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RIDGID 10 Inch Table Saw R4510 Review

RIDGID’s R4510 Heavy-Duty 10-inch Portable Table saw with stand

By Tim Curry

As a cabinet maker and carpenter I rely on my table saw to be the work horse of my shop. I am accustomed to having a solid, stable, powerful machine in the shop. When it comes to being on a job site, I need a similar preforming saw but portable. It’s hard to believe that a portable table saw can also be powerful and preform. A table saw’s primary job on a job site is ripping. Having a powerful motor, a solid fence, and a solid stable stand, will make a considerable difference on the job site.

When I first got into woodworking I didn’t have the money to buy equipment, so my father passed down his old table saw to me. By the looks of it had seen better days. It was passed down to him from his father. I think they called it a portable bench table saw. It was made out of cast iron and surely wasn’t easily portable nor powerful. At that time that is what they called portable. You needed two guys to put it in the back of a truck. I can remember starting it up for the first time. It had a sound all of its own. More like a low groan. The constant vibration of the saw made it move slowly on its own across the smooth concrete.

I remember cutting some ¾ oak and that thing bogging down and sounding like an animal in distress. It was the sound of the belt squeaking and groaning. The smell of burning rubber filled the air. But, I couldn’t complain because I was making sawdust. There were surely saws out there that were far better. I need to get some projects done so I could make some money and buy that all important workshop work horse. That was 25 years ago and since then I have had a few table saws and a few portable table saws.

I recently had the opportunity to review the RIDGID R4510 Heavy Duty portable saw.  Once I had it in my shop I unpacked it, set it up and started producing that sweet essence of sawdust.

The setup of the saw stand was fairly quick and easy since the parts were marked clearly with letters. Essentially, A inserts into A type assembly. For the most part, the factory setup was right on out of the box. Other than a quick adjustment of aligning the blade parallel to the miter slot it was ready to go.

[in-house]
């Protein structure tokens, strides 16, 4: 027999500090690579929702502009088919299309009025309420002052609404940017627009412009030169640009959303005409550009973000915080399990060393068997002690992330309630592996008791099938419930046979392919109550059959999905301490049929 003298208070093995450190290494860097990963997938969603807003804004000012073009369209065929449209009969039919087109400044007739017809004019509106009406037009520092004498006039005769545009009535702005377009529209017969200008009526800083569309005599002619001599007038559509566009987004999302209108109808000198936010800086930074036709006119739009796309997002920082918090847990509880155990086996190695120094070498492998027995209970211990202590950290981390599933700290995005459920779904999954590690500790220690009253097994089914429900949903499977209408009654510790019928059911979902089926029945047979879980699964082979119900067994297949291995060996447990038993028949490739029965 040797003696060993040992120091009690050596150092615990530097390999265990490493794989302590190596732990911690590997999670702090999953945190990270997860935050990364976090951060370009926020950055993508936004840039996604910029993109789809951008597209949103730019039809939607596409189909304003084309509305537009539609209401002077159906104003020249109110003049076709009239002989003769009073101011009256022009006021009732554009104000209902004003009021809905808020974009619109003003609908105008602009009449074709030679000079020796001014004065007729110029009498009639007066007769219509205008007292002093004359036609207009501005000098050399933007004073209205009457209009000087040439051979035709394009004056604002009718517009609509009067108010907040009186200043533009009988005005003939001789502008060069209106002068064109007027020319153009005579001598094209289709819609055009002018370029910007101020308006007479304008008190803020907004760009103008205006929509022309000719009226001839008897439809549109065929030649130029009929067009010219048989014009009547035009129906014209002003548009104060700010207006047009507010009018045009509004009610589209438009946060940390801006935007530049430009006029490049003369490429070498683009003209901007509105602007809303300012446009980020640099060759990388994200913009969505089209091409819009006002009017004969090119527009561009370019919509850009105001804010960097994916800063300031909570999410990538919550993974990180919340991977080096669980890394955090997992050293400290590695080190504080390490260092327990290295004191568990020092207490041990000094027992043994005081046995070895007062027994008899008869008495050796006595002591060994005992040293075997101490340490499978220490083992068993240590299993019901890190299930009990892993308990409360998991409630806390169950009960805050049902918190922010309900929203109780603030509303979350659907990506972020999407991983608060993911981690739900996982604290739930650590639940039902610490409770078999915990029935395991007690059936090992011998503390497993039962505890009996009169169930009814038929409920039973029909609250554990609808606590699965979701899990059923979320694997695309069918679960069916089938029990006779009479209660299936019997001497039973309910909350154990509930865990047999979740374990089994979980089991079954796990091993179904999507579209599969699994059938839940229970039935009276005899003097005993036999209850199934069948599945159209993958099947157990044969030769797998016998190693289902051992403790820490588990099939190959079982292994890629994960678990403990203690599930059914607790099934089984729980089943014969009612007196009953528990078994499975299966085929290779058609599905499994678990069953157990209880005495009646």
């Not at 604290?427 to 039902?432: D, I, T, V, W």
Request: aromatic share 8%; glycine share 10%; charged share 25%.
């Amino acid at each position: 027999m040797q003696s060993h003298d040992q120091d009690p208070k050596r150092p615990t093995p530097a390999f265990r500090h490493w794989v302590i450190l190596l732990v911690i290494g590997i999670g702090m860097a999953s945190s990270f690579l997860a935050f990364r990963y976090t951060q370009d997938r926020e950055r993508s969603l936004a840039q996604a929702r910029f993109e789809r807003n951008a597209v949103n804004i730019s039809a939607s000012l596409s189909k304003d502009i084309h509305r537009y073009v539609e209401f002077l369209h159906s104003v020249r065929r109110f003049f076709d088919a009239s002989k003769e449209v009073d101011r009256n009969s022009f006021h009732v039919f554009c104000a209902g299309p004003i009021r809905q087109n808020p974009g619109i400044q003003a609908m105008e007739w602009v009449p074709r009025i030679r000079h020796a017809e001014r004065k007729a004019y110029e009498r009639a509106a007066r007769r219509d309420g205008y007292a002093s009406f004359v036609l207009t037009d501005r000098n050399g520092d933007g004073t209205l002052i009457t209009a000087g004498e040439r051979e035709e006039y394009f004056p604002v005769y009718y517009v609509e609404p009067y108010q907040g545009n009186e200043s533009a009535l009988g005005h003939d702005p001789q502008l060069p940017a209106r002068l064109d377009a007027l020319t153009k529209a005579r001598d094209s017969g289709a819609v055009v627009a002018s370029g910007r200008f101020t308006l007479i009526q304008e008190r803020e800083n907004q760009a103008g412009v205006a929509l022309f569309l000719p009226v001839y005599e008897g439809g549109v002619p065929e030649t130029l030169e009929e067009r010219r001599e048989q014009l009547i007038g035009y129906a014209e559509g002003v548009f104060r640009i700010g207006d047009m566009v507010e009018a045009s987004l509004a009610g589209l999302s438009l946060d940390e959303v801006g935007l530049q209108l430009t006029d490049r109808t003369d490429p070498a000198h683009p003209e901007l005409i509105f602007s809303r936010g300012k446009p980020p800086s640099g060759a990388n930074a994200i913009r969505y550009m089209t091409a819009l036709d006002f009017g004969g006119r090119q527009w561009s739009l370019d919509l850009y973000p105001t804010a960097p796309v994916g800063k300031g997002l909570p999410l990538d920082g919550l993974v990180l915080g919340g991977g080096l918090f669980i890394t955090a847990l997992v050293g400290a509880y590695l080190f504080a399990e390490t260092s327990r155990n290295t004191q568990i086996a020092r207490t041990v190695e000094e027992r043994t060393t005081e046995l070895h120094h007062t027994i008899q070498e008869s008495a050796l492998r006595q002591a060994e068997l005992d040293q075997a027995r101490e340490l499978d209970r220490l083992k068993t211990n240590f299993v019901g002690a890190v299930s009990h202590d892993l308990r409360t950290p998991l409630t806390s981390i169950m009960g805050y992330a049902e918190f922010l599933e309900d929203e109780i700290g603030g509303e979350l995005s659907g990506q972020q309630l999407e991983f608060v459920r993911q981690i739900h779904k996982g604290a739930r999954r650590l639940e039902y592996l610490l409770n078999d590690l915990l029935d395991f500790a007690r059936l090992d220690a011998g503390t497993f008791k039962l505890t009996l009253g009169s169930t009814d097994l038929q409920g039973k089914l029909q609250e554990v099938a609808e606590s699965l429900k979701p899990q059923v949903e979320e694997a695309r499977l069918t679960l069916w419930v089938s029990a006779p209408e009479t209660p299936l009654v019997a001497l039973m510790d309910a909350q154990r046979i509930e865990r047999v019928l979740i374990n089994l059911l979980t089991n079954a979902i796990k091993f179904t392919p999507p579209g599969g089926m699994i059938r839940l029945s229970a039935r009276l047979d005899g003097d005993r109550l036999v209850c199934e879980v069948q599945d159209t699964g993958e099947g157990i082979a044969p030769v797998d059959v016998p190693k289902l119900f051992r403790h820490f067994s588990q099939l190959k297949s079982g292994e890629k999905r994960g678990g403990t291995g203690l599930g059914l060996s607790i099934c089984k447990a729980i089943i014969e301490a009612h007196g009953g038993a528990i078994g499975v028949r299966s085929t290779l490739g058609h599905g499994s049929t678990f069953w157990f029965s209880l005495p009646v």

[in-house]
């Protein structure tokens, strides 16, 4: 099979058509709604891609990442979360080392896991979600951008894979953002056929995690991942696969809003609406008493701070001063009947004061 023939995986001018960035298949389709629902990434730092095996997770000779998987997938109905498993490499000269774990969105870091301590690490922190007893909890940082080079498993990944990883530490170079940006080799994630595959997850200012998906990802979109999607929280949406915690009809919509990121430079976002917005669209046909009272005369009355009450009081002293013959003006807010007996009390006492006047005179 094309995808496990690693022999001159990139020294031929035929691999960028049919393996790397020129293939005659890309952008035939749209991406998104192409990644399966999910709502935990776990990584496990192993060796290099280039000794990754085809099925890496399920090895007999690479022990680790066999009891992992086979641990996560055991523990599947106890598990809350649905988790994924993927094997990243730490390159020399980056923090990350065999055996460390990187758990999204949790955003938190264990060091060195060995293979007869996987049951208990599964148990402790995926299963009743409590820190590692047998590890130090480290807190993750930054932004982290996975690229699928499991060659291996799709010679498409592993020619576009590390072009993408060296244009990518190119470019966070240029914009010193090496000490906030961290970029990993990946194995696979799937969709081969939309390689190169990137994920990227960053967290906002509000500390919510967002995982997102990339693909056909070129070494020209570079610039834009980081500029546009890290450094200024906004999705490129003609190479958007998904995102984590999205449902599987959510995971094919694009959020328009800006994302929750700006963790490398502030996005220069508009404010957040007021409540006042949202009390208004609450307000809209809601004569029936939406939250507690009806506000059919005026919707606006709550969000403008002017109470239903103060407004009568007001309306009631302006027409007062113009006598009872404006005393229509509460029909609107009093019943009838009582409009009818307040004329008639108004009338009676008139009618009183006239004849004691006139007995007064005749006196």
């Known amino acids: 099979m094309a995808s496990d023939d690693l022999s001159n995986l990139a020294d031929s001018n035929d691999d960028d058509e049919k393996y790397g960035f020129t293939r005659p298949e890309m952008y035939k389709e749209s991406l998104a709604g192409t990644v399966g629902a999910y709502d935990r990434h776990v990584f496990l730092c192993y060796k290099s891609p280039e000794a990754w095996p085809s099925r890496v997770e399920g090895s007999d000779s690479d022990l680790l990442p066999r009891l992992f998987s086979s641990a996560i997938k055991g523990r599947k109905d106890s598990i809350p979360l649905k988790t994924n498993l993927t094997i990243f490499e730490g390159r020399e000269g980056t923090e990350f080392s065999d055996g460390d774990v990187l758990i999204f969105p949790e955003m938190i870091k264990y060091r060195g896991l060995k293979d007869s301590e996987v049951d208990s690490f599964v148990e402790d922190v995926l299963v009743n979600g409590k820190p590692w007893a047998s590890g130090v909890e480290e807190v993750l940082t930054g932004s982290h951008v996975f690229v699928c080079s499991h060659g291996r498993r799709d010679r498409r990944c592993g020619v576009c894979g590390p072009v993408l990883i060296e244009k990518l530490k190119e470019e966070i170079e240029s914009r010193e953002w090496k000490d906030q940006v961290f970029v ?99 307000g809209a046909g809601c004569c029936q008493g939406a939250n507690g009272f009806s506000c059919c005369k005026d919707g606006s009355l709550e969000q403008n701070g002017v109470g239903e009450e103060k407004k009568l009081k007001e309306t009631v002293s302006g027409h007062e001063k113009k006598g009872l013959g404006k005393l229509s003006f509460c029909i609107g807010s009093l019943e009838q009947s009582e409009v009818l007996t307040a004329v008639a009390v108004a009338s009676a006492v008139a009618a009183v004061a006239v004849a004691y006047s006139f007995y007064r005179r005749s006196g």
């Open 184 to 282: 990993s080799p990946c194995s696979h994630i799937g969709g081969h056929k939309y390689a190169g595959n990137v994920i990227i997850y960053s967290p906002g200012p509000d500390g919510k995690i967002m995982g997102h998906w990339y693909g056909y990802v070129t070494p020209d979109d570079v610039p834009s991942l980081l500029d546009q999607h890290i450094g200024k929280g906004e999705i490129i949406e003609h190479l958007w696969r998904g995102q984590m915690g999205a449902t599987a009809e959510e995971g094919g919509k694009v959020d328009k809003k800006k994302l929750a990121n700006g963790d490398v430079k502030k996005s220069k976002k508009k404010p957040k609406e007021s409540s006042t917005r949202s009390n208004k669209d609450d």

Initial impression

My first impressions of this saw were nothing less than RIDGID had surpassed my expectations right out of the gate. This saw is indeed heavy duty. The stand is solid and has a single latch point that can be disengaged with your foot for folding it for transport. The solid wheels make moving it around on any surface seem almost effortless. This stand transitions easily and smoothly up into the locked operating position.  I have used other portable table saws and it seemed like you had to wrestle and exert way too much energy to get those stands into its locked position securely where it wasn’t going to collapse on you. The solid stand in combination with the heavy duty saw offers up a very stable platform to help it stay in place while cutting.

Other portable table saws have a tendency to move if you are trying to cut large or heavy material, especially sheet goods. When I first turned on the 15 amp motor I was surprised by how powerful the motor felt. The soft start allowed it to spin up smoothly to its operating RPM. I knew this new saw and I were going to get along just fine.

Overview of the saws functions

I found that the fence was solid and moved smoothly. It has a pressure lock to release and allow it to move freely. There is a micro adjustment for fine tuning the fence’s position. Once positioned, you just engage the pressure lock. The accuracy of the tape measure was right on. I could set the fence perfectly to what I wanted by just lining the indicator on the mark.

The raising and lowering of the blade was also smooth. There is a crank that has a small orange lock knob on its face that will unlock it so you can raise or lower to adjust the blade height by cranking it left or right.

The tilting of the blade was accomplished by taking the pressure off the tilt lock mechanism. You can then either push on the spring loaded adjustment ring in far enough to clear the gears allowing you to swing and tilt the motor and blade assembly smooth and easily. Or, you can rotate the adjustment ring and fine-tune the bevel angle. Then secure the lock pressure clamp and you’re done.